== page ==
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A Pause in the Growth of Inequality in China?

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  • Richard Herd
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    Abstract

    In recent years, policymaking in China has put increasing emphasis on stemming the growth in inequality, which had been fairly steep since the 1980s. Policy action has taken the form of regional development measures and of reforms of various aspects of the social safety net broadly defined. The Western Development Plan has aimed at narrowing the income gap between the sparsely populated and under-developed West and the more prosperous and faster-growing East. The bulk of the expenditure, however, has been on large capital-intensive projects rather than on education and other social spending. More emphasis on education would help reduce the income gap, since human capital is a key determinant of income. Government policies to improve conditions in rural areas nationwide have involved a substantial reduction in the burden of regressive taxes and fees. Welfare assistance has also evolved: a minimum living allowance has been introduced in urban and more recently in rural areas, but it has not reduced poverty that much, not least because of how it is administered. Moreover, the financing of this allowance ought to rely more on national solidarity and its delivery needs to be better co-ordinated with that of other social benefits. A set of new indicators of nationwide inequality, based on household survey data, suggests that overall inequality has ceased to increase in recent years, and may even have inched down. Alternative measures of income inequality across provinces show that, if migration is taken into account, disparities are markedly less, and have tended to decline somewhat in recent years. Even so, geographical inequality remains very high by international standards. It reflects intra- more than inter-provincial differences, pointing to persistent, if diminishing, labour market segmentation. Une pause dans le creusement des inégalités en Chine ? Ces dernières années, la volonté d’endiguer l’accentuation des inégalités, qui tendaient à se creuser depuis les années 1980, a pris une place grandissante dans les grandes orientations chinoises. L’action publique s’est traduite par des mesures de développement régional et des réformes de divers aspects du filet de sécurité sociale au sens large. La stratégie de mise en valeur de l’Ouest a visé à réduire l’écart de revenu entre cette partie du pays peu peuplée et insuffisamment développée et l’Est plus prospère où la croissance est plus rapide. Toutefois, les dépenses ont, pour l’essentiel, privilégié les grands projets à forte intensité de capital par rapport à l’éducation et à d’autres préoccupations sociales. Un recentrage sur l’éducation contribuerait à réduire les disparités en termes de revenu, celui-ci étant largement déterminé par le capital humain. Les politiques menées par le gouvernement pour améliorer la situation des campagnes dans tout le pays ont veillé à alléger sensiblement le poids des impôts et prélèvements régressifs. L’aide sociale a également évolué : une garantie de minimum vital a été instaurée dans les zones urbaines puis, il y a peu, dans les zones rurales, sans pour autant faire véritablement reculer la pauvreté, ne serait-ce qu’en raison de ses modalités administratives. Par ailleurs, le financement de cette garantie de minimum vital devrait reposer davantage sur la solidarité nationale, et une coordination plus étroite s’impose avec l’attribution d’autres prestations sociales. D’après un ensemble de nouveaux indicateurs nationaux, conçus à partir de données d’enquêtes sur les ménages, les inégalités globales n’augmentent plus depuis quelques années ; peut être même ont-elles diminué. Il ressort d’autres mesures des inégalités de revenu entre provinces que si les migrations entrent en ligne de compte, le fossé est nettement moins grand, et tend à se combler quelque peu. Les inégalités géographiques n’en restent pas moins très fortes par rapport aux normes internationales. Le phénomène s’explique par des différences plus intra qu’interprovinciales, et renvoie à une segmentation du marché du travail persistante, bien qu’elle aille en s’estompant.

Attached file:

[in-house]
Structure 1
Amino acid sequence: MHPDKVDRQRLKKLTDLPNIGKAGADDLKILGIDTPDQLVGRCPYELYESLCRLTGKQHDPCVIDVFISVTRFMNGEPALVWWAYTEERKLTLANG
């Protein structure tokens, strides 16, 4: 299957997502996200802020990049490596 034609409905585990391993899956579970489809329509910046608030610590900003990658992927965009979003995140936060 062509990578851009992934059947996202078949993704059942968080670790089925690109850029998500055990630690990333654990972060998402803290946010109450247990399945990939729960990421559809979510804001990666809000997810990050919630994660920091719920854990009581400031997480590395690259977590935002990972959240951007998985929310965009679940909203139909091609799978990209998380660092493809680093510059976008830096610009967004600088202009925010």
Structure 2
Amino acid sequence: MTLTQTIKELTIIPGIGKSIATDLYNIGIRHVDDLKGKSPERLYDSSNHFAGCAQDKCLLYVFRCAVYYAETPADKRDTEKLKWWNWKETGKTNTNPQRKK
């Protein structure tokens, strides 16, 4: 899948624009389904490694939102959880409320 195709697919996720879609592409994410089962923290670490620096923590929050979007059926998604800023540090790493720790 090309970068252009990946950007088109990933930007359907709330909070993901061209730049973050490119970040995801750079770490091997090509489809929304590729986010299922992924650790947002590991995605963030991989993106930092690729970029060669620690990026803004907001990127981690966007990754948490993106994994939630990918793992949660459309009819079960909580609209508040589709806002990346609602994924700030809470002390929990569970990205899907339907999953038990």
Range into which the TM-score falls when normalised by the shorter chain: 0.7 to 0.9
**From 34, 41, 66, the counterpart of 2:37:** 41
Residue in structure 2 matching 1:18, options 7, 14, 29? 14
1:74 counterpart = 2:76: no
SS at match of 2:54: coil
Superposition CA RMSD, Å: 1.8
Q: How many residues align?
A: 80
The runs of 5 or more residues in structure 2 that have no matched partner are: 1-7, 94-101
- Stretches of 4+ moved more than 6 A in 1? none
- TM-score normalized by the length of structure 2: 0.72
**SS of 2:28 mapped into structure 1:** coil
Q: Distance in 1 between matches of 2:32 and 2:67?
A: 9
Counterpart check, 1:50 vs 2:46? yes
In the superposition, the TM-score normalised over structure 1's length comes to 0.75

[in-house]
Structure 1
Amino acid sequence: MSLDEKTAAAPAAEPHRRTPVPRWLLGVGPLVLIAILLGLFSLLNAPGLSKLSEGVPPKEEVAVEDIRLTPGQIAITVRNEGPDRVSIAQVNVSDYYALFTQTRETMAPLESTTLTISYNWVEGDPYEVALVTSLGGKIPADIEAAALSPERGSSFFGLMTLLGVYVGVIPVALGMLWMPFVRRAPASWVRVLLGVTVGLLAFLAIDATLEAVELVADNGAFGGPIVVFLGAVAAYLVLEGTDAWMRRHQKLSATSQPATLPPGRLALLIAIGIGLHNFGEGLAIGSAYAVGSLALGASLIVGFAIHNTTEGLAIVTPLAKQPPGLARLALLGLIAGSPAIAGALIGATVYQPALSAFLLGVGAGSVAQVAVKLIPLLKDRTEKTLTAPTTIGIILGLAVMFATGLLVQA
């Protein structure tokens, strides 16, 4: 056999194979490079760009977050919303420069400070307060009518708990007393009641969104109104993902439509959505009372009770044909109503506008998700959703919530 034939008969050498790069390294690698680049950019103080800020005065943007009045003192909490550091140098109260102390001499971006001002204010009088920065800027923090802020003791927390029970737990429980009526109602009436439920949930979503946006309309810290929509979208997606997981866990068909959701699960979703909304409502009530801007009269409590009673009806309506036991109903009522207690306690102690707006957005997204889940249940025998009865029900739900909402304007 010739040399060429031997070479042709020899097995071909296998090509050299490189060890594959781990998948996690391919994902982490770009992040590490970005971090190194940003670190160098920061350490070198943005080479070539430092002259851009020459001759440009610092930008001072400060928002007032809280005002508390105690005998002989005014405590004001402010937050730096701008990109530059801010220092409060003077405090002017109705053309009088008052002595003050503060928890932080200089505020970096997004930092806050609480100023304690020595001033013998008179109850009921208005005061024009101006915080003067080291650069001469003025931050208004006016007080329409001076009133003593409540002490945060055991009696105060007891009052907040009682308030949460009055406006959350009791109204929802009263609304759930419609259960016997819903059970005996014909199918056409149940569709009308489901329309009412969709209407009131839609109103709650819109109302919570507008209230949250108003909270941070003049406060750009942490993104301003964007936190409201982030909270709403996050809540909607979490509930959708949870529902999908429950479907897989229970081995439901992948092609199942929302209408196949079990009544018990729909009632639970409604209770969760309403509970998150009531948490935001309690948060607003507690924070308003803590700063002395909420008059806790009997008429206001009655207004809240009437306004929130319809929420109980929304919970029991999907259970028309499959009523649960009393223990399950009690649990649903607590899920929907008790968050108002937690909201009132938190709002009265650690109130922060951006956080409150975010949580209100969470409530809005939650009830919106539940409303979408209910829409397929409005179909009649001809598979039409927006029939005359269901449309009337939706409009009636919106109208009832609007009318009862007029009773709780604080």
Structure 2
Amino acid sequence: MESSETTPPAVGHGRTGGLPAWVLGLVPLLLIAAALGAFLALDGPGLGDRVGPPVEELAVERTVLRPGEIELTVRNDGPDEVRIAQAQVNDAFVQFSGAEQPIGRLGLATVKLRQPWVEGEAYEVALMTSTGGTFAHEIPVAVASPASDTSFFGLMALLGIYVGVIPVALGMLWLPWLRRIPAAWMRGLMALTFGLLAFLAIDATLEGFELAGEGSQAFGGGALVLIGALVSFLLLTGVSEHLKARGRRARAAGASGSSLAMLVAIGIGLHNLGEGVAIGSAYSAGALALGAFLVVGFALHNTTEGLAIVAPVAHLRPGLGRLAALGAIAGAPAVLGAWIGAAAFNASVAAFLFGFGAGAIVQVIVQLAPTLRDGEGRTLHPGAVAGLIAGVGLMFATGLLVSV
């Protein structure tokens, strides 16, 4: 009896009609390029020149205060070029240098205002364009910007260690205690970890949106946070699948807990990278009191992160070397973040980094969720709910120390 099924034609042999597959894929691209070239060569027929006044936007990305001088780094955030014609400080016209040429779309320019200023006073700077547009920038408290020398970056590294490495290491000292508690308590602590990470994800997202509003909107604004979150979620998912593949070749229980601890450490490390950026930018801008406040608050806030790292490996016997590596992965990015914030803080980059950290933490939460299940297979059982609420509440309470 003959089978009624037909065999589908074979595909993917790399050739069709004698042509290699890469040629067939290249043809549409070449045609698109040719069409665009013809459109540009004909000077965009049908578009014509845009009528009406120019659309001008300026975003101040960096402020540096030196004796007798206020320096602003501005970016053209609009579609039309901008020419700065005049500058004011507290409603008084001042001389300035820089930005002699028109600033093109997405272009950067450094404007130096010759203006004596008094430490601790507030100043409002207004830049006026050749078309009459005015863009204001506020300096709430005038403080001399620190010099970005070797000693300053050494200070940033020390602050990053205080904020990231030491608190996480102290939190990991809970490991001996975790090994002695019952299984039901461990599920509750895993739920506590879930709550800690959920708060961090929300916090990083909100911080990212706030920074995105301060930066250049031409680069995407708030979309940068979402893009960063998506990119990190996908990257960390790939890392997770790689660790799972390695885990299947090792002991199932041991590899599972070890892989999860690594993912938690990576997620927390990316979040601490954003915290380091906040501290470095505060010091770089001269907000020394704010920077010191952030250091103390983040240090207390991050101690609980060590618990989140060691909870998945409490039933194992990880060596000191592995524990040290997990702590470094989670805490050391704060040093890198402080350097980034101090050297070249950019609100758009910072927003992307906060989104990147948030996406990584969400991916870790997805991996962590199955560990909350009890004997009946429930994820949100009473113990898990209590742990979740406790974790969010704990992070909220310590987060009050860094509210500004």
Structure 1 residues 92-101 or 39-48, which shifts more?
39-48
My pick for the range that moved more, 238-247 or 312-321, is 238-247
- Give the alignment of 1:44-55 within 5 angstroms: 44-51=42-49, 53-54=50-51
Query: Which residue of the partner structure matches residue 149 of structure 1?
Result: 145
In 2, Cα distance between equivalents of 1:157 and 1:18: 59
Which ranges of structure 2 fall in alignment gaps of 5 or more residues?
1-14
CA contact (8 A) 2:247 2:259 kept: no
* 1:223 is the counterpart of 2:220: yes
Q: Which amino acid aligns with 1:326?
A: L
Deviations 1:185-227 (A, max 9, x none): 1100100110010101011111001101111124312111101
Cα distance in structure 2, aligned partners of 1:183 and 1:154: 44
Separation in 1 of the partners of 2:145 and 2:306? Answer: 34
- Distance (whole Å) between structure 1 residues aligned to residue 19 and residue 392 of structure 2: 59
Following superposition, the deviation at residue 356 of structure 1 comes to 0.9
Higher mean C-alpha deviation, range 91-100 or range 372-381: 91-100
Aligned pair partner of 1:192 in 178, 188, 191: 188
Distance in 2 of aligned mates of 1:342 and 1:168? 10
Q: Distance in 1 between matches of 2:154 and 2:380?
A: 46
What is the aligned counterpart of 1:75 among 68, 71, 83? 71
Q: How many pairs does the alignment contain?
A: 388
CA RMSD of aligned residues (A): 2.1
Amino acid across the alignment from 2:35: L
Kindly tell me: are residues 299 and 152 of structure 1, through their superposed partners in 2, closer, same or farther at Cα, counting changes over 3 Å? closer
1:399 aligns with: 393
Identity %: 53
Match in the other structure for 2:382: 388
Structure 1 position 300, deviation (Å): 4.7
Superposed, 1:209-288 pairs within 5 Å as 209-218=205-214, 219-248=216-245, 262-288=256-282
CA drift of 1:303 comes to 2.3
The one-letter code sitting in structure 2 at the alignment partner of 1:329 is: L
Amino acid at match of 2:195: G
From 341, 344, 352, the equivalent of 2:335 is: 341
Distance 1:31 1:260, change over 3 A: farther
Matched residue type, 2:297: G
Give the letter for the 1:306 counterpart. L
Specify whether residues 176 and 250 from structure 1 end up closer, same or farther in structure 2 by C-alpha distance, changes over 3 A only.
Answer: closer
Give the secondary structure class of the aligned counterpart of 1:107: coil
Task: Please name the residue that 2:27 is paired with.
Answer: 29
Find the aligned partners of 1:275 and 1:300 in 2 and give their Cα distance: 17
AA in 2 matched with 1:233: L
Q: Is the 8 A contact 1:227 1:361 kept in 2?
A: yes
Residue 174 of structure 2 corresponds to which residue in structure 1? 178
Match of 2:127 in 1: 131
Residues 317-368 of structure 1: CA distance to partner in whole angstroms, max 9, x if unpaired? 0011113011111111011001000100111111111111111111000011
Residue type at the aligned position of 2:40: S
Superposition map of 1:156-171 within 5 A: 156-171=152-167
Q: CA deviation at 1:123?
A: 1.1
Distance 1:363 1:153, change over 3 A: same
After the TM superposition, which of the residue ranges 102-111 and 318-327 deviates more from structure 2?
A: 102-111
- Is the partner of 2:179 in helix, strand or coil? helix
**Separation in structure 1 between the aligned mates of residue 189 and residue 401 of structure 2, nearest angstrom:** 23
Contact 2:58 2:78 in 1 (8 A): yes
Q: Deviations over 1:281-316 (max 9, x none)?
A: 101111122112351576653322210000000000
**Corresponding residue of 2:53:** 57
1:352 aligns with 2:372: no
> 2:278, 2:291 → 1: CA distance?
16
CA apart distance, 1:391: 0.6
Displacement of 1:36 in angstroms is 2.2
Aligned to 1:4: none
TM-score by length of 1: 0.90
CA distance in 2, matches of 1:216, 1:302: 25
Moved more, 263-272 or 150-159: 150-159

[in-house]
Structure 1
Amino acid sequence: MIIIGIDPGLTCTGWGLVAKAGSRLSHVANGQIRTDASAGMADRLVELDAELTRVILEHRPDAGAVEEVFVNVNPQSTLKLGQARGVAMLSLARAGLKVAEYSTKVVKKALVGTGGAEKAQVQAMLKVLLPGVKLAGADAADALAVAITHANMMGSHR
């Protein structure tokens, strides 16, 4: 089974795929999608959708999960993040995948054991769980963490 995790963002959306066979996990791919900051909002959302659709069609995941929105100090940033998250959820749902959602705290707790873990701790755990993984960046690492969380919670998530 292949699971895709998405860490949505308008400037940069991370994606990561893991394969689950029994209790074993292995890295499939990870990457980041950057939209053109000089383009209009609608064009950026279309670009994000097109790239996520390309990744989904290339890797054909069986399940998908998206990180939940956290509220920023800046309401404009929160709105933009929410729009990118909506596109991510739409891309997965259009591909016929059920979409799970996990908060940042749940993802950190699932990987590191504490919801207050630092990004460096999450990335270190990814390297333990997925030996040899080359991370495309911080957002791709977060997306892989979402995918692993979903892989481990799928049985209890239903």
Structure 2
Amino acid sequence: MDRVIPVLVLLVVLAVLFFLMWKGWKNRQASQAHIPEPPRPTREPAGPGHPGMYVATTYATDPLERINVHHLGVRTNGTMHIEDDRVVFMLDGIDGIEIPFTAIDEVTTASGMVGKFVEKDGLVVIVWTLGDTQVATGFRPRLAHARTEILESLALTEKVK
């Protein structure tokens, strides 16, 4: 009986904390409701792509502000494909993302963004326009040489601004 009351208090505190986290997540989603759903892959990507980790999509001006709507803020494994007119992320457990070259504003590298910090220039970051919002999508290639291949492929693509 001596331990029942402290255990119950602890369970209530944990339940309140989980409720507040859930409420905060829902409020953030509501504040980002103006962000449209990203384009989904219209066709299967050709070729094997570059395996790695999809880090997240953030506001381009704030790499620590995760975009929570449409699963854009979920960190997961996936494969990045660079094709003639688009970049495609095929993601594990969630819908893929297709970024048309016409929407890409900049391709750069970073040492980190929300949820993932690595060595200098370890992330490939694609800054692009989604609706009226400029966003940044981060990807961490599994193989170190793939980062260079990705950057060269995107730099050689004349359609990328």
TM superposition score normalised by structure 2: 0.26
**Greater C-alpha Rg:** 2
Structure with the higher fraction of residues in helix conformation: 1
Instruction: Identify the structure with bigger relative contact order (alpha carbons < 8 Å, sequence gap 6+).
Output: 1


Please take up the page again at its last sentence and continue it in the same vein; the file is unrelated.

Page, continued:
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    Bibliographic Info

    Paper provided by OECD Publishing in its series OECD Economics Department Working Papers with number 748.

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    Date of creation: 01 Feb 2010
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    Handle: RePEc:oec:ecoaaa:748-en

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    Keywords: human capital; education; migration; social assistance; hukou; poverty; China; income inequality; labour market segmentation; segmentation du marché du travail; hukou; capital humain; inégalité des revenus; migration; assistance sociale; pauvreté; Chine; éducation;

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    Cited by:
    1. Lee, Jongchul, 2013. "A provincial perspective on income inequality in urban China and the role of property and business income," China Economic Review, Elsevier, vol. 26(C), pages 140-150.

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